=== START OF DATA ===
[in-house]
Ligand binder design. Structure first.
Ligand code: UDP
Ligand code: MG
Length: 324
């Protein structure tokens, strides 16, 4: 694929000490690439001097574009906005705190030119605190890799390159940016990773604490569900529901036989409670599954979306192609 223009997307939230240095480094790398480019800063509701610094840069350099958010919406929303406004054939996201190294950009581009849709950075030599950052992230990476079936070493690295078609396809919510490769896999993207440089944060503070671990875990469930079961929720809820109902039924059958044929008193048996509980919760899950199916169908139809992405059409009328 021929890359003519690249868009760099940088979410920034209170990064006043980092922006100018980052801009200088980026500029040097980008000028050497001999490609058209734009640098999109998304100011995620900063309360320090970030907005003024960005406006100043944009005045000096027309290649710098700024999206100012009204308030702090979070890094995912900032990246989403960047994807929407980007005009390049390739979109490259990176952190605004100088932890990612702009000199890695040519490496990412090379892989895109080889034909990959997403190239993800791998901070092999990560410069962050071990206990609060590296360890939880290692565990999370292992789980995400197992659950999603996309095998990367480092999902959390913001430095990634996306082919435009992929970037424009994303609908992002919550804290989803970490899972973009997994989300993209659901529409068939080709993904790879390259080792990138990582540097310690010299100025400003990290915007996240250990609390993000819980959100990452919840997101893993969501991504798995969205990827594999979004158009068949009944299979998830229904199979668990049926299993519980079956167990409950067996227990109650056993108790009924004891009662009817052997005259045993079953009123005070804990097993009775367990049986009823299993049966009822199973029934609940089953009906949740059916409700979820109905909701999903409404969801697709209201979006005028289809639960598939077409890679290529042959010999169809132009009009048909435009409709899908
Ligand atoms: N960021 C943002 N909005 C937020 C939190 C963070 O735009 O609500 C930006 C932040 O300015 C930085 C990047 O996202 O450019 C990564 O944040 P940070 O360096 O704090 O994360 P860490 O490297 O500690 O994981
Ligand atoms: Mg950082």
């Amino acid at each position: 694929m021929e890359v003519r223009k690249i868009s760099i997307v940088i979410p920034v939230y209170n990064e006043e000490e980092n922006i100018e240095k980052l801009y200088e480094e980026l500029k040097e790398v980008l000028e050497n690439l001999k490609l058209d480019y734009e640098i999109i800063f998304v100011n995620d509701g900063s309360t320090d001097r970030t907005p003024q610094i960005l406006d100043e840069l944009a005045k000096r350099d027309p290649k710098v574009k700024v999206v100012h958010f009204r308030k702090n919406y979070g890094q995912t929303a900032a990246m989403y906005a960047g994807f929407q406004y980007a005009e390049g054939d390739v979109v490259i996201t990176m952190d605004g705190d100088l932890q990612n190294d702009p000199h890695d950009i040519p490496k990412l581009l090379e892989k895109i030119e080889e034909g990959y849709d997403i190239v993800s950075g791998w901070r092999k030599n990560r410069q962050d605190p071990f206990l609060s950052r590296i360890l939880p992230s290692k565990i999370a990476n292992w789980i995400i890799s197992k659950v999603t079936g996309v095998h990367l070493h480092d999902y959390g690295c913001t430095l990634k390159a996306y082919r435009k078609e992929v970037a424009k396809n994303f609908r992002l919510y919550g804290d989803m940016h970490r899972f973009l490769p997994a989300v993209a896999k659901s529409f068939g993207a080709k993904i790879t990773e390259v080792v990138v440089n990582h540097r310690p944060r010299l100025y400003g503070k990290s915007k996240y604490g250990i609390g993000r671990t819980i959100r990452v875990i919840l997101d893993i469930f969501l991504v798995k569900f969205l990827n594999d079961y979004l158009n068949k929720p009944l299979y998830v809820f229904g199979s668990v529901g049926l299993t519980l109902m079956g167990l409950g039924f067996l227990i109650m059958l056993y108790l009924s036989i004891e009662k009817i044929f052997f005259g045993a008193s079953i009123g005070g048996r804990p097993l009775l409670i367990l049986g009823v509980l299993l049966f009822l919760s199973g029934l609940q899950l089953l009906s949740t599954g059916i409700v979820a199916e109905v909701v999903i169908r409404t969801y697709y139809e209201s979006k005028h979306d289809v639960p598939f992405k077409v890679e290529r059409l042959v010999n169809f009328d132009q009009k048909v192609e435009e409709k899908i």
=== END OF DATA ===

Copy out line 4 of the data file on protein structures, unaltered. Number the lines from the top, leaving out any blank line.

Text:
Ligand code: MG